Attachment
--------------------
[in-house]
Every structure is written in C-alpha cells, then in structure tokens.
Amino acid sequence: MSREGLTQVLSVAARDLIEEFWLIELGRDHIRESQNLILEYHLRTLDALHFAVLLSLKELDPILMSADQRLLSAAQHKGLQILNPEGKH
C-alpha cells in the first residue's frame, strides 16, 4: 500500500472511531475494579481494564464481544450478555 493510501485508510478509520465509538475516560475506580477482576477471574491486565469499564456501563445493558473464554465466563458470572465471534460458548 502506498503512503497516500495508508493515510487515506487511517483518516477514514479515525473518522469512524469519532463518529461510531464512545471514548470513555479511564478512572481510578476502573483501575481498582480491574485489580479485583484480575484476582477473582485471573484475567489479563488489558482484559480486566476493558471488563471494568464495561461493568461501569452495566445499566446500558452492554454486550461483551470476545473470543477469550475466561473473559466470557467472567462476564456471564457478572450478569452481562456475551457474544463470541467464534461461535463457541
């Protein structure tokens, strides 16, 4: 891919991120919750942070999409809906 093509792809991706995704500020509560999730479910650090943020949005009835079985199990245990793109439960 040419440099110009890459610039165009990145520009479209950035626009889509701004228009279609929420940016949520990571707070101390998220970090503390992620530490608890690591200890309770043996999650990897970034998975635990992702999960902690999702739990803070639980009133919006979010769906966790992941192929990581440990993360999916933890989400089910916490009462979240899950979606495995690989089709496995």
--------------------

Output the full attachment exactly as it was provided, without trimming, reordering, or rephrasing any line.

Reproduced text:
[in-house]
Every structure is written in C-alpha cells, then in structure tokens.
Amino acid sequence: MSREGLTQVLSVAARDLIEEFWLIELGRDHIRESQNLILEYHLRTLDALHFAVLLSLKELDPILMSADQRLLSAAQHKGLQILNPEGKH
C-alpha cells in the first residue's frame, strides 16, 4: 500500500472511531475494579481494564464481544450478555 493510501485508510478509520465509538475516560475506580477482576477471574491486565469499564456501563445493558473464554465466563458470572465471534460458548 502506498503512503497516500495508508493515510487515506487511517483518516477514514479515525473518522469512524469519532463518529461510531464512545471514548470513555479511564478512572481510578476502573483501575481498582480491574485489580479485583484480575484476582477473582485471573484475567489479563488489558482484559480486566476493558471488563471494568464495561461493568461501569452495566445499566446500558452492554454486550461483551470476545473470543477469550475466561473473559466470557467472567462476564456471564457478572450478569452481562456475551457474544463470541467464534461461535463457541
């Protein structure tokens, strides 16, 4: 891919991120919750942070999409809906 093509792809991706995704500020509560999730479910650090943020949005009835079985199990245990793109439960 040419440099110009890459610039165009990145520009479209950035626009889509701004228009279609929420940016949520990571707070101390998220970090503390992620530490608890690591200890309770043996999650990897970034998975635990992702999960902690999702739990803070639980009133919006979010769906966790992941192929990581440990993360999916933890989400089910916490009462979240899950979606495995690989089709496995």